SermonIndex Audio Sermons
Image Map
Discussion Forum : Articles and Sermons : Sadhu Sundar Singh: Excerpts of Sayings & Sermons

Print Thread (PDF)


Joined: 2002/12/11
Posts: 37521
"Pilgrim and Sojourner." - 1 Peter 2:11

 Sadhu Sundar Singh: Excerpts of Sayings & Sermons

[b]Sadhu Sundar Singh: Excerpts of Sayings & Sermons[/b]

Knowing vs. Knowing About Christ

"There is a great difference between knowing about Jesus and knowing Him...There is no difference between nominal Christians and non-Christians. When we know Him everything is different and we are living in a new world -- a new atmosphere. Heaven begins on earth for us. Those who know Him know that Jesus is everything to them. They can bear witness because they have been living with Him...
If we only know of Jesus as a good man, a great example, it is no help to us. Those who know Him know Who He is. If we live in Him He will reveal Himself to us and we shall bear witness -- not for a day or a night only..."

"When I used to know about Jesus Christ I used to hate Him because I didn't understand Him; but since I know Him I bear witness and I am not ashamed to suffer...[A friend of mine who was tortured and put to death because he testified of Christ explained to his persecutor,] 'When a Hindu woman is willing to burn herself with her dead husband, should I be ashamed when He is living?...I wish I could show you my heart -- I have such peace in my heart. I can only give my testimony.'"...

"People misunderstand Him when they don't know Him, but when they know Him they love Him. When I knew about Him I used to hate Him. Now I have heaven on earth. Heaven is in my heart..."

"Christ is not merely a great man who is dead and gone; He is the incarnation of God, the Saviour of the world. We must live in Him -- then we shall have a message for the world and we shall see Him again in glory. We shall be crowned in this world. It is such a joy to live for Him and bring others to Him."

"I was going to commit suicide. Hinduism [offered] no spiritual help. Prayer is the most essential thing. Without prayer we cannot understand Jesus. We are living in Hell. Many know about Him but they do not live in Him."

On World Religions

(Hinduism, Buddhism, Islam, Judaism, Counterfeits of Christianity)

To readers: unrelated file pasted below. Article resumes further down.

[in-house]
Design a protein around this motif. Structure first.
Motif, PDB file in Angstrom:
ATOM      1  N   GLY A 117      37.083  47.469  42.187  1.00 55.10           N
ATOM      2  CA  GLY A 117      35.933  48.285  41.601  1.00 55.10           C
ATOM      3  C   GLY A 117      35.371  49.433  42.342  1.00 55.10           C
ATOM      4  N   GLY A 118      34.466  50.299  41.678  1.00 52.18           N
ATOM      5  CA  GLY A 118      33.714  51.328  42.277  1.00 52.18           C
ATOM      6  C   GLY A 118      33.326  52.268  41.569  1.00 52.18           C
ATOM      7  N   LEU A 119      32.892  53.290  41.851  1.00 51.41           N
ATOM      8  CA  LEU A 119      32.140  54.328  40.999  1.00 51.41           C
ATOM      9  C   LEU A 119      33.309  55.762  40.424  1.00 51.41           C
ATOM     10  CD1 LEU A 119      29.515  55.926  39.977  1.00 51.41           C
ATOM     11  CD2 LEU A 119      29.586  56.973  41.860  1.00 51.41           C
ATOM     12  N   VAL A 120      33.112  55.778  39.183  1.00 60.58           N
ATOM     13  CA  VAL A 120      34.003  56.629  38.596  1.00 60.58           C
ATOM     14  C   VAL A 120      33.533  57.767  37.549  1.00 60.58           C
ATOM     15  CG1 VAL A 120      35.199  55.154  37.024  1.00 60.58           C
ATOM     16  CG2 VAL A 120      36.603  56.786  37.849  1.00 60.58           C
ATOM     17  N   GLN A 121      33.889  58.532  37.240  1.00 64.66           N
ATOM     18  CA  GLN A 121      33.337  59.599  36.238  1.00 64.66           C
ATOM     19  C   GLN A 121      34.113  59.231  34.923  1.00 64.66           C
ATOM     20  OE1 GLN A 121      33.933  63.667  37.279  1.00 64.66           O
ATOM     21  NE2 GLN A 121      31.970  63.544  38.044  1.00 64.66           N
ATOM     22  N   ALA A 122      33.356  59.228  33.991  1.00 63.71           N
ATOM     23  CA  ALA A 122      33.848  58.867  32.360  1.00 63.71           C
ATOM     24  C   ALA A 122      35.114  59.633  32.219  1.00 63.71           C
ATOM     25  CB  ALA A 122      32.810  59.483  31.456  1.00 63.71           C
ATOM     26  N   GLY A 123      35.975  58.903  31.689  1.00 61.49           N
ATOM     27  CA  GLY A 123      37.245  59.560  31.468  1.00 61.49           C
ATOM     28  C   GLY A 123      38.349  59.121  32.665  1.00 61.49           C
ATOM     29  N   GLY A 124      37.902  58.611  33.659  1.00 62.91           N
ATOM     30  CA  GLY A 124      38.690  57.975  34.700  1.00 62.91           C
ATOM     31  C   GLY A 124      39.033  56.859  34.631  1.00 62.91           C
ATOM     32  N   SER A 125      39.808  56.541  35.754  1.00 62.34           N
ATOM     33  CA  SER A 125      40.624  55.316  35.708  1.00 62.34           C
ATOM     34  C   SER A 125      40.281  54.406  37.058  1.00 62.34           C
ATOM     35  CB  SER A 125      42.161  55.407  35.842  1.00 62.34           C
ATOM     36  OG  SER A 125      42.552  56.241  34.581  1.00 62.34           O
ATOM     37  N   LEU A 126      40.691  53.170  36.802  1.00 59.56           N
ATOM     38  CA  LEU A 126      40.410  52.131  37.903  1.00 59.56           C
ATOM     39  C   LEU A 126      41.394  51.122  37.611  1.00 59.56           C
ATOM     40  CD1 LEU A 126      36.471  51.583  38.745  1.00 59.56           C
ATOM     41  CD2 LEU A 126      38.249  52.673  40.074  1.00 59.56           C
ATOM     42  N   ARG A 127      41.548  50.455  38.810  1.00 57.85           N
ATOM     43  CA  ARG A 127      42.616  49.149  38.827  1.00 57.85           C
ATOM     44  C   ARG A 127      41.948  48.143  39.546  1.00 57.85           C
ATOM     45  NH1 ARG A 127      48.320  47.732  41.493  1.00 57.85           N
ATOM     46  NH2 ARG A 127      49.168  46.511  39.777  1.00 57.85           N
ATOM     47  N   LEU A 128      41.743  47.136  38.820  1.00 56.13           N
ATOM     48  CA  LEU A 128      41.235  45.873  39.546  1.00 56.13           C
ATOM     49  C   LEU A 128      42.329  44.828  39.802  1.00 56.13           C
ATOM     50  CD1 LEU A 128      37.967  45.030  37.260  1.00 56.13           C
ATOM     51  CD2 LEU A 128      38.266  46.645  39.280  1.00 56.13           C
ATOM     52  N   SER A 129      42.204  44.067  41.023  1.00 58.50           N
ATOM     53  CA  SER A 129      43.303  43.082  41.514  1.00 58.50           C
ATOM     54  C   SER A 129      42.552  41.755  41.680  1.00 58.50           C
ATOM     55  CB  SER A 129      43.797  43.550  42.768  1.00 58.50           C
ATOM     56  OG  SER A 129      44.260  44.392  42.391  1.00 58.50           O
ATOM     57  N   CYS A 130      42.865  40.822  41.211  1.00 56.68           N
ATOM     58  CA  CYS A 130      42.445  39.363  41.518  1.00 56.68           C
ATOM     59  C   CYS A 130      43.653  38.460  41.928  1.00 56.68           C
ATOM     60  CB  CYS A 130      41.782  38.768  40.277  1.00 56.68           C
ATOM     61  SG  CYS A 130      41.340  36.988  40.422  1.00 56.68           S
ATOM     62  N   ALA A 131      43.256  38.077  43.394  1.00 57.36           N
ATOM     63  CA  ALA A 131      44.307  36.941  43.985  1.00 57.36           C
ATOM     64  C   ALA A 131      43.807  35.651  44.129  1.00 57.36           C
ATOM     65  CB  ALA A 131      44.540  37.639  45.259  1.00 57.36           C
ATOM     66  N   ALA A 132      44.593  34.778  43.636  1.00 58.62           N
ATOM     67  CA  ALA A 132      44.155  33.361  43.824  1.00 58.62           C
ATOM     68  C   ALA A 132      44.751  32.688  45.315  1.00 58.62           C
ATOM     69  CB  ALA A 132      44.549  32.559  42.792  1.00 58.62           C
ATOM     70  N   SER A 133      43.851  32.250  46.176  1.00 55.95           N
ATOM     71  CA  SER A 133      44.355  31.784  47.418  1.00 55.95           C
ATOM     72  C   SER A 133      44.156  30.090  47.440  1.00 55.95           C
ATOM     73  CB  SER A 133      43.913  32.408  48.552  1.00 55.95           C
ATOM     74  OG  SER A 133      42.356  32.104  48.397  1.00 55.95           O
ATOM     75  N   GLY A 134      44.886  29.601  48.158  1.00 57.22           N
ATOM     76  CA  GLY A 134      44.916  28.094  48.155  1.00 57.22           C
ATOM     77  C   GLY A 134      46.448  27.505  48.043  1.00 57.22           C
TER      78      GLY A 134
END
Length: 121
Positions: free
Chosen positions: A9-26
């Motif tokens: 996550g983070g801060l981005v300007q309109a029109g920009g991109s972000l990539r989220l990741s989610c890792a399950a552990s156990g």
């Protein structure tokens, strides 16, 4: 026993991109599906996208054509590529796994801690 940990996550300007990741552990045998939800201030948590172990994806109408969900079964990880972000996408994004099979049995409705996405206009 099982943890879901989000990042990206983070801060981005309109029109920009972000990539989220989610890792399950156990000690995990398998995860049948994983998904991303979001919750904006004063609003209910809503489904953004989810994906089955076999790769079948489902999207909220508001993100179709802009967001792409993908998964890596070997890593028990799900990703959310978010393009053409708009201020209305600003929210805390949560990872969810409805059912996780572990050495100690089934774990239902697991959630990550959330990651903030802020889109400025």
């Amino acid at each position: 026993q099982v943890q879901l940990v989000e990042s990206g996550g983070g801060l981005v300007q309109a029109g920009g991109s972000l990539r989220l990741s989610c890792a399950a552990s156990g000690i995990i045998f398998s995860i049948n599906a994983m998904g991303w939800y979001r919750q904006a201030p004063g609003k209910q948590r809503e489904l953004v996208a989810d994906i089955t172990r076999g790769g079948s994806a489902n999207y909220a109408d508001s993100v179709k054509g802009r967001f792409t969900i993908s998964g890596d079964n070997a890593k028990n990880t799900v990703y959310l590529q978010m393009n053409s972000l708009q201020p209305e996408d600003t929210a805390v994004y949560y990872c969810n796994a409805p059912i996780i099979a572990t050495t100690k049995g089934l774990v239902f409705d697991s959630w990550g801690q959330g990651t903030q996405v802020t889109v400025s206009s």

"I tell you the truth, no one can enter the kingdom of God unless he is born of water and the Spirit. Flesh gives birth to flesh, but the Spirit gives birth to spirit. You should not be surprised at My saying, 'You must be born again.' The wind blows wherever it pleases. You hear its sound, but you cannot tell where it comes from or where it is going.
So it is with everyone born of the Spirit." (John 3:5-8)
"Christianity [spiritual regeneration through Jesus Christ] is the only religion which is universal."
The Sadhu pointed out that Arjuna was more merciful than Sri Krishna. "Sri Krishna commanded Arjuna to kill, but Christ healed the ear of Malchus" [Luke 22:51; John 18:10].

"With regard to the doctrine of Karma, it is true that man receives the consequences of his deeds; but the difference between the teaching of Christ and Hindu teaching is this -- that a Christian performs deeds because he is saved and a Hindu in order to be saved."

With regard to Transmigration he said, "Hindu teaching is that God's spirit and man's spirit are both co-existent from eternity. But since in so many cycles of birth I have been unable to attain moksha, what certainty or assurance have I that I shall be able to attain in the future?
I do not remember anything at all of my previous existence, so what does it profit me if I am now reaping the rewards and punishments of my deed in that existence?
If Transmigration be true we are compelled to believe that sin is the creator of the universe!"

He spoke of Hindu yoga. When he was small his father had a Sastri and a Sannyasi in the home, the former to teach the boy the sacred books and the latter yoga practices. "The strange thing is," said the Sadhu, "that a man according to yoga teaching is not to look to God but at the tip of his nose. Moreover, the thoughts which have been the subject of meditation of the yogi previous to entering the state of trance, present themselves in a very vivid way during trance. So we can understand the discrepancies of teaching amongst yogis. One says, 'There is no God,' another, 'There is only one God,' another, 'There are many gods,' another, 'All is God.'"

" is impossible for those who don't know God to come to Him except through Christ. He is the only Saviour. It is only Jesus who has revealed the Father. The Gyana Marga of the Hindus is only for a few; but if it is true it ought to be for every body."